Arrive at your next informational interview prepared to gain valuable insights for your next career move.
It’s nearly impossible to discuss job-search tactics without mentioning the value of networking. Smart job seekers not only invest in developing their professional networks; they also tap into these connections for introductions, job leads and other valuable insights. However, one networking technique is often overlooked by even the savviest of job seekers: informational interviewing.
The concept of the informational interview (also known as an informational conversation) was first introduced by Richard N. Bolles, author of the popular job-search book, What Color is Your Parachute? Bolles believes that job seekers should speak with professionals in their field of interest to gather more information before choosing a particular career path.
I couldn’t agree more.
Whether you’re new to the workforce or you’re considering changing careers, informational interviews are a great way explore various career options and clarify your job goals. Furthermore, they can be an effective way to gather insight into a particular company when you’re preparing for an interview.
Below are nine questions you can ask during your next informational interview – and one to avoid – to make the most of this valuable opportunity.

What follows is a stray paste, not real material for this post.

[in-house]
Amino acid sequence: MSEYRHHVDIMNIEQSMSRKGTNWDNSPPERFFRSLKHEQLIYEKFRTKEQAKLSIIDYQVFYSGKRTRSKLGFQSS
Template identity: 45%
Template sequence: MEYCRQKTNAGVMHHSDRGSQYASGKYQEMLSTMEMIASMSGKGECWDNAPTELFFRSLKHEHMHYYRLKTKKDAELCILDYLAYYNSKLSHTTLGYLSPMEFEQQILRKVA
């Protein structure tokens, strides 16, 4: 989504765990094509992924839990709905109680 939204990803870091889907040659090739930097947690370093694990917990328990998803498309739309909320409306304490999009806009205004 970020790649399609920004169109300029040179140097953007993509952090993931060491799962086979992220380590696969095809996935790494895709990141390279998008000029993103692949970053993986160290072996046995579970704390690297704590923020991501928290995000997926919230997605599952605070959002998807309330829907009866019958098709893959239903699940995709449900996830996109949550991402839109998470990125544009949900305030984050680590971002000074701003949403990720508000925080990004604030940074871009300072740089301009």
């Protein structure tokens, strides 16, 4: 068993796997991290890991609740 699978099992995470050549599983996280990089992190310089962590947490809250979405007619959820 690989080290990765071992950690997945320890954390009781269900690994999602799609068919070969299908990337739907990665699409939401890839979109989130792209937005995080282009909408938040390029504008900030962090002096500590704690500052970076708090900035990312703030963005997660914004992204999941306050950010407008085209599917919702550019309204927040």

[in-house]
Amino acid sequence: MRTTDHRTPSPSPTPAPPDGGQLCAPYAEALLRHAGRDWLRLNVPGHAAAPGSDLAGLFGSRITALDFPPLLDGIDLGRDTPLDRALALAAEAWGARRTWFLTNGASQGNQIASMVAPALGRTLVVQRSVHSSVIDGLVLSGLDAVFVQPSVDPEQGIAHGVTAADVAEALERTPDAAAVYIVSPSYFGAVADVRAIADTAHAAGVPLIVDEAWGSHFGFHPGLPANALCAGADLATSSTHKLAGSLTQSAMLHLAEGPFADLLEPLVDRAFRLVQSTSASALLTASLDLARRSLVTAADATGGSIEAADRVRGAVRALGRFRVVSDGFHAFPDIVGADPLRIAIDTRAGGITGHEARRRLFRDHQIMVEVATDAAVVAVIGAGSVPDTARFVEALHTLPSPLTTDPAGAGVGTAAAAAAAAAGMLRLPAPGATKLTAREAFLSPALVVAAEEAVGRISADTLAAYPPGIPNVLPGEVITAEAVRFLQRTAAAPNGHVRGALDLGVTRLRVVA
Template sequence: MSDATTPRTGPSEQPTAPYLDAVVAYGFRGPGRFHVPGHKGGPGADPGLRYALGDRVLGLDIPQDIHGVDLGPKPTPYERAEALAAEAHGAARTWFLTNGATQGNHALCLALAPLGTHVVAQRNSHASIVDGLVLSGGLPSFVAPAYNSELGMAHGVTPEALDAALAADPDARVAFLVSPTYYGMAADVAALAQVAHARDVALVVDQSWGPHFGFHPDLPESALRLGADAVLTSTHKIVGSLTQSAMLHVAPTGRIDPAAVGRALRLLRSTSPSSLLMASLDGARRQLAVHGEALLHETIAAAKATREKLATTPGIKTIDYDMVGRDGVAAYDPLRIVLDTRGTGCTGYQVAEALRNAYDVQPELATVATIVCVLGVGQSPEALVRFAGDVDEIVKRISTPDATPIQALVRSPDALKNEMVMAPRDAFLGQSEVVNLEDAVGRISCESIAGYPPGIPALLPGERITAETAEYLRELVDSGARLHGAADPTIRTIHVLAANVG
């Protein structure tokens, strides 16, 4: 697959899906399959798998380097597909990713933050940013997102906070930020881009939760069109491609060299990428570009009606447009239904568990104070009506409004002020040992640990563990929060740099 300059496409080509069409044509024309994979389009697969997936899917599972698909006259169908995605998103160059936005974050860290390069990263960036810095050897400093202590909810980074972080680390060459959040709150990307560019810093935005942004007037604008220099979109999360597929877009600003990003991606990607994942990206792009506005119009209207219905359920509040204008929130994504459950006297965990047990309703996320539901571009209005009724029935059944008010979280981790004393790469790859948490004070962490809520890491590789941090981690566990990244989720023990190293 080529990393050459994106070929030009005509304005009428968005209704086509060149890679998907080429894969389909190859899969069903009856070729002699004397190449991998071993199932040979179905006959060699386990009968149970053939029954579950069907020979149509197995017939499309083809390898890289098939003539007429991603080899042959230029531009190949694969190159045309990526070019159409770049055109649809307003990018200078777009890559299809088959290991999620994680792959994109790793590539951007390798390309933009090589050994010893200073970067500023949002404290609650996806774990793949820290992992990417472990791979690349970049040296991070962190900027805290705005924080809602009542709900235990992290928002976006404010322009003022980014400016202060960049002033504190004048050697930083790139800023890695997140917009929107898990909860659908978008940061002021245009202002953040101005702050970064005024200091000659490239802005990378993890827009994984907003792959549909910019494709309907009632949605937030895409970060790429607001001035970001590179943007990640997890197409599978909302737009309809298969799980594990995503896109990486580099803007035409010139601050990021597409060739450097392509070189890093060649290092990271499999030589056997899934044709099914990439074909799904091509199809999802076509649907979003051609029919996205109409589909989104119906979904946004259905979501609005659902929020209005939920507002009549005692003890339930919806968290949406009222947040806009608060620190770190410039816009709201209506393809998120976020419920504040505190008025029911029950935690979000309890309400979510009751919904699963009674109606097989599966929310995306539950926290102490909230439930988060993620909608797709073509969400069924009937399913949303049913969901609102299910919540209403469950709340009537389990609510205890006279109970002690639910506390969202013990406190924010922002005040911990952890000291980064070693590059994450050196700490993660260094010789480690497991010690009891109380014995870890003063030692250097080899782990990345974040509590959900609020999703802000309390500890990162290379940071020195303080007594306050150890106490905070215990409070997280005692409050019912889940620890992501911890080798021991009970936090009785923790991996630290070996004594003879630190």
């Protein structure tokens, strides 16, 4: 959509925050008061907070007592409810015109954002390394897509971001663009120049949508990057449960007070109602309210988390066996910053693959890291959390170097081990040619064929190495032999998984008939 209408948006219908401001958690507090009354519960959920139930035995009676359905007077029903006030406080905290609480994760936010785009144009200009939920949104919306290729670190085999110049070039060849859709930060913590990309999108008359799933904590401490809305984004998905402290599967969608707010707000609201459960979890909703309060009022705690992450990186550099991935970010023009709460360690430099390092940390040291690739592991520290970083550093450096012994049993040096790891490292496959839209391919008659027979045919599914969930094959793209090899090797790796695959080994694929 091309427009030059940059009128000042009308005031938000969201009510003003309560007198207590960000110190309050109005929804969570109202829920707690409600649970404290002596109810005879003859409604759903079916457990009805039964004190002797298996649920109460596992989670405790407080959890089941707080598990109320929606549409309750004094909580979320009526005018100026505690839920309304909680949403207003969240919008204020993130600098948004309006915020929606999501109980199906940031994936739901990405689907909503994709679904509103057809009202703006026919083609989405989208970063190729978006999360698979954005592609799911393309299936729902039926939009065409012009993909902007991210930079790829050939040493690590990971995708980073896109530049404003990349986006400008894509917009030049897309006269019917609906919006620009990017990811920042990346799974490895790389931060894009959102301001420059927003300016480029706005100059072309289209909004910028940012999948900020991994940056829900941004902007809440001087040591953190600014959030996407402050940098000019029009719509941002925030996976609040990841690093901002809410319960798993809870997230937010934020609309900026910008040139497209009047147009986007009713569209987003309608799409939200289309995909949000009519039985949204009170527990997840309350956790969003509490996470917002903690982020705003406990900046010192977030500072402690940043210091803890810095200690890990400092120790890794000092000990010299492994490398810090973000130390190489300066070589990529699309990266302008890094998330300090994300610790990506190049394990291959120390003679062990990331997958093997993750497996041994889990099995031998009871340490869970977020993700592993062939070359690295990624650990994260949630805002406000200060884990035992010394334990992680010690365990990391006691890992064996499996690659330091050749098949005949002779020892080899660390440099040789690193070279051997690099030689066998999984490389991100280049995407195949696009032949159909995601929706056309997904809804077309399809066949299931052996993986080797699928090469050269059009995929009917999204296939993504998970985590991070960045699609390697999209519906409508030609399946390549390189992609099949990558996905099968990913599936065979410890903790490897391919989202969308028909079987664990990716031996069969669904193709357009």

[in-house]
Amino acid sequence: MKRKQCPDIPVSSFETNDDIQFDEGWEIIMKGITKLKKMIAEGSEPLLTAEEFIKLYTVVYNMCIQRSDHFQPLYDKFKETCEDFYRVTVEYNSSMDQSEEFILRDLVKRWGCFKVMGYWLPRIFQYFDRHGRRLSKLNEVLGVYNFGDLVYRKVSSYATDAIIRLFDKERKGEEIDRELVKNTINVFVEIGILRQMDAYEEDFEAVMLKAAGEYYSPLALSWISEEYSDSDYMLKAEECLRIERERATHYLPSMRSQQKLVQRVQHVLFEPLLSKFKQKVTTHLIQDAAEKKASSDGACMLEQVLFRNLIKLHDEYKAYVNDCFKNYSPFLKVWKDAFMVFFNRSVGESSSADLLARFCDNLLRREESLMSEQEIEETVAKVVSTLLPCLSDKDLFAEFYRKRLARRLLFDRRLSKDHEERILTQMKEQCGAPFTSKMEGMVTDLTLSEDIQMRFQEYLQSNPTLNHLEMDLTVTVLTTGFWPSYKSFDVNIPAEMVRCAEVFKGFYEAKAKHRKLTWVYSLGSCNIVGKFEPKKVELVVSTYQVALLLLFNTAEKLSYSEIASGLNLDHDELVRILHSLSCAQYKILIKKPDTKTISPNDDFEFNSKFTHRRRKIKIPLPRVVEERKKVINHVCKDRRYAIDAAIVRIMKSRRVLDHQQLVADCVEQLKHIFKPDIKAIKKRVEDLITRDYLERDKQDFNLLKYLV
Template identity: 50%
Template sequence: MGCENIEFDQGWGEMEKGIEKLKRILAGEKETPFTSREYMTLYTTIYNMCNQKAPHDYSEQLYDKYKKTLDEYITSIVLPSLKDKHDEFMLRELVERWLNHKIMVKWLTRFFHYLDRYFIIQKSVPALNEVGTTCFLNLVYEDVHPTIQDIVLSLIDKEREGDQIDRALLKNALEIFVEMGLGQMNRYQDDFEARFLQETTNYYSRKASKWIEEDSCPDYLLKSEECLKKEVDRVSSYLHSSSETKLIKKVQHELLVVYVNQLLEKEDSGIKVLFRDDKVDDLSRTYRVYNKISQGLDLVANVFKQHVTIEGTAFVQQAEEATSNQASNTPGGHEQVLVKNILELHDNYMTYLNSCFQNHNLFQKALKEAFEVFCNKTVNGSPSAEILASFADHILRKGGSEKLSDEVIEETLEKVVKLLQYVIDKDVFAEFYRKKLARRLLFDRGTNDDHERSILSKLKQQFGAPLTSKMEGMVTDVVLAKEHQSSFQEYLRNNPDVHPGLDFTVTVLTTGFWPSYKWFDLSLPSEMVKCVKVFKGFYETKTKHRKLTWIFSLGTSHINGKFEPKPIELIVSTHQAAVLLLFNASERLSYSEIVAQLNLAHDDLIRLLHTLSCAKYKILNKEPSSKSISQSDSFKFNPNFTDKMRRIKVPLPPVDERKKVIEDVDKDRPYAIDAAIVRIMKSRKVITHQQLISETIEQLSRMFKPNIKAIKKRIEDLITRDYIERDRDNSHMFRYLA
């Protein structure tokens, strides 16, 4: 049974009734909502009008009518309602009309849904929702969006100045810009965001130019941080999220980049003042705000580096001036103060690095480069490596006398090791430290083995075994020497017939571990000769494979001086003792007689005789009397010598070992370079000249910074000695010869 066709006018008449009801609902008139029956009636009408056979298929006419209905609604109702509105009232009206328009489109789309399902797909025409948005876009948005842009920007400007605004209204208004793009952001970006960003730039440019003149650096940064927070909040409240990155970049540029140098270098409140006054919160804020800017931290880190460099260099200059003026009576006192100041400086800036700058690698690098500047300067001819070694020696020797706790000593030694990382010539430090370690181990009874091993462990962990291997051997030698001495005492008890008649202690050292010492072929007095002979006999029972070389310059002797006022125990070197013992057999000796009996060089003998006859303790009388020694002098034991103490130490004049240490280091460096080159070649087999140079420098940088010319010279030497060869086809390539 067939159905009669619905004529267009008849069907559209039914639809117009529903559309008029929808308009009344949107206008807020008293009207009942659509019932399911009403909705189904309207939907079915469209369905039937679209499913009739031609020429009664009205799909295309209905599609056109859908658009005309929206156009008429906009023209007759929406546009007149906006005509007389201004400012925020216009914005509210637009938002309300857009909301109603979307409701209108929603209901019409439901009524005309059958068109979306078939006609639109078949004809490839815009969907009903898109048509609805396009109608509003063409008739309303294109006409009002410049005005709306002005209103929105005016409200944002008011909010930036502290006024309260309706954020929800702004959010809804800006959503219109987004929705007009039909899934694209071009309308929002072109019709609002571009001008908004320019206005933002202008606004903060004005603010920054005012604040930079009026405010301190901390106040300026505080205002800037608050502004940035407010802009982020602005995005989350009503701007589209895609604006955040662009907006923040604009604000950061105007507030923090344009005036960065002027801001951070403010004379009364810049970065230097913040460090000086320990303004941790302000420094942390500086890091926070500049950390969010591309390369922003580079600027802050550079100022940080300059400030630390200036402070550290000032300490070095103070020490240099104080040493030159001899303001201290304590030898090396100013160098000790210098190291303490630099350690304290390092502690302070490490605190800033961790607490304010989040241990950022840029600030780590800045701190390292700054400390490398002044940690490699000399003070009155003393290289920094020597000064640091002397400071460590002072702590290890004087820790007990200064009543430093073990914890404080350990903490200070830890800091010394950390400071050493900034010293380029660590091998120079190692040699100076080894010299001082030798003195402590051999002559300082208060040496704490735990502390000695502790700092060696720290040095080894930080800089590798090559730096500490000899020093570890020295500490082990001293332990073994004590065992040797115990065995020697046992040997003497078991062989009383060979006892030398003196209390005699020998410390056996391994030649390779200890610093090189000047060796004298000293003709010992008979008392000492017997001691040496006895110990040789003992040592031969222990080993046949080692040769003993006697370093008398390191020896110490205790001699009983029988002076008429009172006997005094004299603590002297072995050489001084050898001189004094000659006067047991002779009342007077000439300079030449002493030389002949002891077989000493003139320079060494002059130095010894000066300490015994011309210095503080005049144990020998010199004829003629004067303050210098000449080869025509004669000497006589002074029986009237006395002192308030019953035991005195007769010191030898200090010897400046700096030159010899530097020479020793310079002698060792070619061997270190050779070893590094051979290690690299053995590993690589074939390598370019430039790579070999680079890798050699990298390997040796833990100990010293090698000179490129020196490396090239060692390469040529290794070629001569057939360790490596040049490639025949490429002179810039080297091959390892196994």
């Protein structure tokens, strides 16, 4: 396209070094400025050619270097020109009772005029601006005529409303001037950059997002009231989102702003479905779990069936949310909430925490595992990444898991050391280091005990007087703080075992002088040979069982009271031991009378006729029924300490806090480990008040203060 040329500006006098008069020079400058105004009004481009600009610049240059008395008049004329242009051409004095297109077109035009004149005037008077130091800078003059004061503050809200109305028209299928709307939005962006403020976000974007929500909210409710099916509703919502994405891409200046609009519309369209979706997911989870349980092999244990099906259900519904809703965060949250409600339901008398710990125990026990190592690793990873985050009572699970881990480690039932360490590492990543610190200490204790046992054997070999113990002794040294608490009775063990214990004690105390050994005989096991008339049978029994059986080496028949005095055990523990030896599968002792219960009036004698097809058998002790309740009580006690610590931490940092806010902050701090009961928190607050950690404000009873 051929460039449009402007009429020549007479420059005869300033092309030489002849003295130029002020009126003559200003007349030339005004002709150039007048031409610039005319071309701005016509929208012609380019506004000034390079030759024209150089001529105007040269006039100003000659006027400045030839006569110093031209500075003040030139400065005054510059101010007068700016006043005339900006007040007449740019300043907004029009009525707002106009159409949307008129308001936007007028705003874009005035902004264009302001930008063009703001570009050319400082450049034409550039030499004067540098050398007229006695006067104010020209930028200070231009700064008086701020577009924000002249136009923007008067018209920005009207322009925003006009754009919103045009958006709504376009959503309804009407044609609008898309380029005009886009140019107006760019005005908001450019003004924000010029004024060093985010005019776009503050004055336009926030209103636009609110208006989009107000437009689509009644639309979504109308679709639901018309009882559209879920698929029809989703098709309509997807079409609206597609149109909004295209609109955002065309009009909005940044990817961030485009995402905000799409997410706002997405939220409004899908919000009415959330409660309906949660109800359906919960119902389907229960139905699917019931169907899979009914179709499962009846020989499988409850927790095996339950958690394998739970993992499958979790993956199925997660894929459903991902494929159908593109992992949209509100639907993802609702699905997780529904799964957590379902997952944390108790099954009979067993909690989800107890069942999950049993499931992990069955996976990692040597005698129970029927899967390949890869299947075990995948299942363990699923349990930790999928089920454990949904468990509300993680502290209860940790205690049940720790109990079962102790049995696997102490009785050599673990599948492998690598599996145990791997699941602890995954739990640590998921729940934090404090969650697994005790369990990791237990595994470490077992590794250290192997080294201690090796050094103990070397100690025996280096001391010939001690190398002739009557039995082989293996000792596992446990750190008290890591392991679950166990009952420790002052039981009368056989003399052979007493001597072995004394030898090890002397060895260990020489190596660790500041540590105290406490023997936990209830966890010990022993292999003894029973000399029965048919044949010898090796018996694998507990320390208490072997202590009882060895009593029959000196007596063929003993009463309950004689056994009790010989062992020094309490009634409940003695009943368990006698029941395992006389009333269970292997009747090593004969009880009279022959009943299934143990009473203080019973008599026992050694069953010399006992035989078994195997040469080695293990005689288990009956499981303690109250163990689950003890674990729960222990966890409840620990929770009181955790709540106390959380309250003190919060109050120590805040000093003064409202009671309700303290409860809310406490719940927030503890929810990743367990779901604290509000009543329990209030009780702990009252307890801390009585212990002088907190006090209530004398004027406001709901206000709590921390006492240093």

Questions to ask:
- How did you end up in this industry? Did you always want to be a [position]?
- What do you enjoy most – and least – about working in this field (or at this organization)?
- Based on my research, it seems like most professionals start off as a [position] – is this consistent with what you’ve seen?
- What’s a typical day like for someone who holds this position at your organization?
- When you’re hiring someone for your team, what do you look for? What skills and experience do you consider most valuable?
- I’ve often been told that my core strengths as a professional are [______]. I enjoy working on projects that involve [______] skills. If that’s the case, what roles do you think I’d be best suited for in your field?
- Are there any specific networking groups or professional associations you recommend I join to learn more about this industry?
- I’m currently subscribed to the following publications to learn more about this industry:[______]. Are there any others you recommend I check out?
- Is there anything else you think I should be aware of before pursuing a career in [______] field?
And one question to avoid:
- Can you find me a job?
In the end
Remember, the goal of an informational conversation is not to secure a job lead. While this may occur naturally, it should not be your primary objective. Use this opportunity to pick your contact’s brain and learn their personal career story. As a result, you’re sure to receive great career advice and valuable insights into a new field.